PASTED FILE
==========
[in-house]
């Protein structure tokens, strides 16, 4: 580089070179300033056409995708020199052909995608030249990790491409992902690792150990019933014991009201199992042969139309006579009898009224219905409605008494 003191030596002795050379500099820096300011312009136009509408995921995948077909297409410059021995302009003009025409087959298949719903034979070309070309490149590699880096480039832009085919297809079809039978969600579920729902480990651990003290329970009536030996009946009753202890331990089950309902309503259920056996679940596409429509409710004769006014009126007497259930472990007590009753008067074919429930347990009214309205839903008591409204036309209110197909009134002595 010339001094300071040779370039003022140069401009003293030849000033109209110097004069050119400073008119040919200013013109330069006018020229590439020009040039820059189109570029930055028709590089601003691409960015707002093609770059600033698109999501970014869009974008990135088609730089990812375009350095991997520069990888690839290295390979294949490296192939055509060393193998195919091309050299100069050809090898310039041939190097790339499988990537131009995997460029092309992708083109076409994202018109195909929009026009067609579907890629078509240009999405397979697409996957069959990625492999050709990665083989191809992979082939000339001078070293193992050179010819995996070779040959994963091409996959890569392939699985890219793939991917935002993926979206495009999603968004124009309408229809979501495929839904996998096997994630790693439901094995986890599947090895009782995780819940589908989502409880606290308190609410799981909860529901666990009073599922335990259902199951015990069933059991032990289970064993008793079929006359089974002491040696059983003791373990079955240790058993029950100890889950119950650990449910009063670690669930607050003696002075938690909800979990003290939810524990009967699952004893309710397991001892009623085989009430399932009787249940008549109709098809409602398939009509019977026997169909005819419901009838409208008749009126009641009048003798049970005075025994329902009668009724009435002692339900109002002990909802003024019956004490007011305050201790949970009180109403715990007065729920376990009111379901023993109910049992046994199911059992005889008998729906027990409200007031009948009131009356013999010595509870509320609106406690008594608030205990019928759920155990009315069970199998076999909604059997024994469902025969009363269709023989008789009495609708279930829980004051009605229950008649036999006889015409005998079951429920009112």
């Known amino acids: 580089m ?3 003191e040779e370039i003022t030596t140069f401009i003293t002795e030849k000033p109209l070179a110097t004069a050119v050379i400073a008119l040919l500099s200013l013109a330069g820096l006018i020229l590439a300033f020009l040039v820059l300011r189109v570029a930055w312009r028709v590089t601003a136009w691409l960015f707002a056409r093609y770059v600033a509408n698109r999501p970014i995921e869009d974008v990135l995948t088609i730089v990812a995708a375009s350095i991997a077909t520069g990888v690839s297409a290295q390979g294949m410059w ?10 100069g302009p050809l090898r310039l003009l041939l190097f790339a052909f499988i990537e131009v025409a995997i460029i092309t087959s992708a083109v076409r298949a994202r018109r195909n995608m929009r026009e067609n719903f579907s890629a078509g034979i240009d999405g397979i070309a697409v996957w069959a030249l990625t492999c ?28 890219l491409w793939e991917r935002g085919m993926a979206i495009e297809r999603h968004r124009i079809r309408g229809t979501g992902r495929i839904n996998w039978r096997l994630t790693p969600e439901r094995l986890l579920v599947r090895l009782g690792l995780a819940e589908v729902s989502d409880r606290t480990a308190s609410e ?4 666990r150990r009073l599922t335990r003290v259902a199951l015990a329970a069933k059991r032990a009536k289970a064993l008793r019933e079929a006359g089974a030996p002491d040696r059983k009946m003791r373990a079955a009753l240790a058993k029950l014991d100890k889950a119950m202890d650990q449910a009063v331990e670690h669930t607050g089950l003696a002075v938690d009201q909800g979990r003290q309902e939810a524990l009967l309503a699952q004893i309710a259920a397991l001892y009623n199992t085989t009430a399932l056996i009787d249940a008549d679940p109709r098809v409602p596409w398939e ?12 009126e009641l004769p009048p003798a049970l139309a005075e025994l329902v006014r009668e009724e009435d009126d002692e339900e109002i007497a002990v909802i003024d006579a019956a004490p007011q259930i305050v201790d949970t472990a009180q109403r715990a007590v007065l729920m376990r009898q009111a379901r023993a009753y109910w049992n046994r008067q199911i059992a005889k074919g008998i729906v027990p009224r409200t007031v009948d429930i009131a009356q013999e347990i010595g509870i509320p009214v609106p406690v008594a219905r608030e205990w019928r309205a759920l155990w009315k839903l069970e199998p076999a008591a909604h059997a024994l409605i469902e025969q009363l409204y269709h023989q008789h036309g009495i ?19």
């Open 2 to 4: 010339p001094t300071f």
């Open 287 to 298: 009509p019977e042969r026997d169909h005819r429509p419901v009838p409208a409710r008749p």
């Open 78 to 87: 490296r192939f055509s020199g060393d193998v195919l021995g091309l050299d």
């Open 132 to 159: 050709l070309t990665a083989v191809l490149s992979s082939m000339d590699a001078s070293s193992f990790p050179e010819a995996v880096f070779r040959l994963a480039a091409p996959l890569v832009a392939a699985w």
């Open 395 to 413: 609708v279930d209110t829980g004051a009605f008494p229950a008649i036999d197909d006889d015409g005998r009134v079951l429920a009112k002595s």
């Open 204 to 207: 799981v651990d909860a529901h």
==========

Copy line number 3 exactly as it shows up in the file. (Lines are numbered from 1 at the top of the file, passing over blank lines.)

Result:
């Known amino acids: 580089m ?3 003191e040779e370039i003022t030596t140069f401009i003293t002795e030849k000033p109209l070179a110097t004069a050119v050379i400073a008119l040919l500099s200013l013109a330069g820096l006018i020229l590439a300033f020009l040039v820059l300011r189109v570029a930055w312009r028709v590089t601003a136009w691409l960015f707002a056409r093609y770059v600033a509408n698109r999501p970014i995921e869009d974008v990135l995948t088609i730089v990812a995708a375009s350095i991997a077909t520069g990888v690839s297409a290295q390979g294949m410059w ?10 100069g302009p050809l090898r310039l003009l041939l190097f790339a052909f499988i990537e131009v025409a995997i460029i092309t087959s992708a083109v076409r298949a994202r018109r195909n995608m929009r026009e067609n719903f579907s890629a078509g034979i240009d999405g397979i070309a697409v996957w069959a030249l990625t492999c ?28 890219l491409w793939e991917r935002g085919m993926a979206i495009e297809r999603h968004r124009i079809r309408g229809t979501g992902r495929i839904n996998w039978r096997l994630t790693p969600e439901r094995l986890l579920v599947r090895l009782g690792l995780a819940e589908v729902s989502d409880r606290t480990a308190s609410e ?4 666990r150990r009073l599922t335990r003290v259902a199951l015990a329970a069933k059991r032990a009536k289970a064993l008793r019933e079929a006359g089974a030996p002491d040696r059983k009946m003791r373990a079955a009753l240790a058993k029950l014991d100890k889950a119950m202890d650990q449910a009063v331990e670690h669930t607050g089950l003696a002075v938690d009201q909800g979990r003290q309902e939810a524990l009967l309503a699952q004893i309710a259920a397991l001892y009623n199992t085989t009430a399932l056996i009787d249940a008549d679940p109709r098809v409602p596409w398939e ?12 009126e009641l004769p009048p003798a049970l139309a005075e025994l329902v006014r009668e009724e009435d009126d002692e339900e109002i007497a002990v909802i003024d006579a019956a004490p007011q259930i305050v201790d949970t472990a009180q109403r715990a007590v007065l729920m376990r009898q009111a379901r023993a009753y109910w049992n046994r008067q199911i059992a005889k074919g008998i729906v027990p009224r409200t007031v009948d429930i009131a009356q013999e347990i010595g509870i509320p009214v609106p406690v008594a219905r608030e205990w019928r309205a759920l155990w009315k839903l069970e199998p076999a008591a909604h059997a024994l409605i469902e025969q009363l409204y269709h023989q008789h036309g009495i ?19």